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ECONOMIC OUTLOOK

Green shoots: South Africa’s January inflation slows while retail sales pick up the pace

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South African consumer inflation slowed in January while growth in retail trade sales picked up pace in December, data published by Statistics South Africa showed on Wednesday. Both trends are at least green shoots amid a pretty barren economic landscape.

The consumer price index dropped in January to 5.7% from 5.9% in December, Statistics SA (Stats SA) said. It is still near the top of the 3% to 6% target range of the SA Reserve Bank (Sarb), which embarked on a hiking cycle in November last year in a bid to anchor inflation expectations. With oil and food prices still on the boil, some analysts see Sarb’s target possibly being breached, but only briefly.  

“Burgeoning oil prices are expected to continue adding upward pressure on consumer prices, while strong demand for fertiliser will likely continue to fuel chemical prices. Crop losses caused by flood damage across various parts of South Africa in recent months pose a risk to the inflation outlook,” said Jee-A van der Linde of Oxford Economics Africa. 

“Looking ahead, we consider it likely that headline inflation could touch 6% during the coming months, but the impact of base effects should see annual inflation moderate from Q2 onwards.”  

There also seem to be some demand pressures picking up in the economy. 

Retail trade sales rose year on year in December by 3.1%, picking up the pace after 2.7% growth in November and 1.9% in October, Stats SA said. For the last three months of 2021 compared with the previous three months, retail trade sales increased by 5.3%. And for all of 2021 compared with 2020, there was growth of 6.4%. So, most of the ground lost in 2020, when the sector contracted by almost 7%, has been regained.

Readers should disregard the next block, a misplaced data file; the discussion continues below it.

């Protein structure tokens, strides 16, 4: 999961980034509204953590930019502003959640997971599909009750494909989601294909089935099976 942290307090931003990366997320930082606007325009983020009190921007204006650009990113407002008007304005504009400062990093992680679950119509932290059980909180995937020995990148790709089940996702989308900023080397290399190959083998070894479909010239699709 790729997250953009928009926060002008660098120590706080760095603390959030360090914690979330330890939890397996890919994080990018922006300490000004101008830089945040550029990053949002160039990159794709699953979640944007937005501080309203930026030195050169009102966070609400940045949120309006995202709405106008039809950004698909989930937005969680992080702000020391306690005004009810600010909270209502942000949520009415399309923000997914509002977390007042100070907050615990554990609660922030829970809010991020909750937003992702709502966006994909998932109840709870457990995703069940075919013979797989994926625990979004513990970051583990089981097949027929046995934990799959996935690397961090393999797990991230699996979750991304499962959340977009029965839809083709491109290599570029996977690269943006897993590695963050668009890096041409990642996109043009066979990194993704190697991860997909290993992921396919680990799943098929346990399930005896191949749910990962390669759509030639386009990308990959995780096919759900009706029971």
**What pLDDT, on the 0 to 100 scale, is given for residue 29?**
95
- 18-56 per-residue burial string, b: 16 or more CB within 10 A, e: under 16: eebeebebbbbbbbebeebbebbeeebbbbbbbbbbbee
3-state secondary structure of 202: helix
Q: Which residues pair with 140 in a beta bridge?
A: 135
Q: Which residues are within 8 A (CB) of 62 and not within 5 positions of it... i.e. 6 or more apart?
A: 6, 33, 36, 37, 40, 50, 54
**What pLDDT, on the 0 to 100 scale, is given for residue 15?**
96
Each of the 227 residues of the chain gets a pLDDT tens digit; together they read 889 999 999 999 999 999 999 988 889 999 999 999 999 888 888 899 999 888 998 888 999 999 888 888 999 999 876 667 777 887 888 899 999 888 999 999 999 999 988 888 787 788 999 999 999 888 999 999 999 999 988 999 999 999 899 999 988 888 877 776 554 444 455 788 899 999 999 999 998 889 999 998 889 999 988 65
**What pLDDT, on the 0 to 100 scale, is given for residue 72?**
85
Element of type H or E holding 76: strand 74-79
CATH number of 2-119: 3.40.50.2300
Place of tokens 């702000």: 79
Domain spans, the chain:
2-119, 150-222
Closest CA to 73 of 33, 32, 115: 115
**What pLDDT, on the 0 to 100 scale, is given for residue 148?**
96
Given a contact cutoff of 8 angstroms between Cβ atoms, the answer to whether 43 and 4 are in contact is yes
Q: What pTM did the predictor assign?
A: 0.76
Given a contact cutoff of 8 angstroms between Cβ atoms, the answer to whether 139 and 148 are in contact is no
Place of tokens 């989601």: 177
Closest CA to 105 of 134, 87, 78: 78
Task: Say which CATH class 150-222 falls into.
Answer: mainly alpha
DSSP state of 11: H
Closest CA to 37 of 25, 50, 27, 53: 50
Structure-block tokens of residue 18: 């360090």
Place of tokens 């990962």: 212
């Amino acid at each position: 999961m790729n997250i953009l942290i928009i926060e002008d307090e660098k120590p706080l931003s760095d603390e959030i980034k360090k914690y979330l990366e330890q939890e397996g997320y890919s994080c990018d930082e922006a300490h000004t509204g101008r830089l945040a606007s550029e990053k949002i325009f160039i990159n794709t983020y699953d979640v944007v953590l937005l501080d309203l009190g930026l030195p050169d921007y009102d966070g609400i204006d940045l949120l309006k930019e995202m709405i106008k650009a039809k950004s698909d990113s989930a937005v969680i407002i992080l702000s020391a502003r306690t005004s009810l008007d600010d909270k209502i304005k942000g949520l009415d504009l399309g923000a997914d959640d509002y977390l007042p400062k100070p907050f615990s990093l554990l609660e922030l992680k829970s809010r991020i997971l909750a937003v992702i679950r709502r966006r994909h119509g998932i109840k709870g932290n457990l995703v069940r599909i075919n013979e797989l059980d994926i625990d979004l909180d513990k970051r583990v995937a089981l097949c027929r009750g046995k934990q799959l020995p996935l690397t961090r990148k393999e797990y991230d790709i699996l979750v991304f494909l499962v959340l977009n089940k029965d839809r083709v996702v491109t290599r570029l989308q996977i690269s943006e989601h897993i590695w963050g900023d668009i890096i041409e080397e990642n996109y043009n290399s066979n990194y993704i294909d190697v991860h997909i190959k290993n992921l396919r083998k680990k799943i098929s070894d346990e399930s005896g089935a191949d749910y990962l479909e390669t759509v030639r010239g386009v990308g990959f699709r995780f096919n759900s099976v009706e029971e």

(Source: Statistics SA)

“It is a very strong number – it seems people spent. We are starting to see a comeback in retail, perhaps because people have been putting money aside,” Mike Schussler of Economists.co.za told Business Maverick

Growth has also been across the board.  

“All seven types of retailers showed positive year-on-year growth rates over this period [2021],” Stats SA said. Textiles, clothing and footwear led the way with perky growth of 19.2%.  

Trading updates from listed retailers have painted a more nuanced picture of the retail scene.  

Value retailers Mr Price and The Foschini Group have posted promising trading updates while Truworths and Woolworths – which target a more affluent market – have disappointed. 

And in an economy with an unemployment rate that is in effect over 46% based on its widest definition, demand pressures are hardly surging. If volatile food, fuel and energy prices are excluded, consumer inflation in South Africa was a muted 3.5% in January. DM/BM

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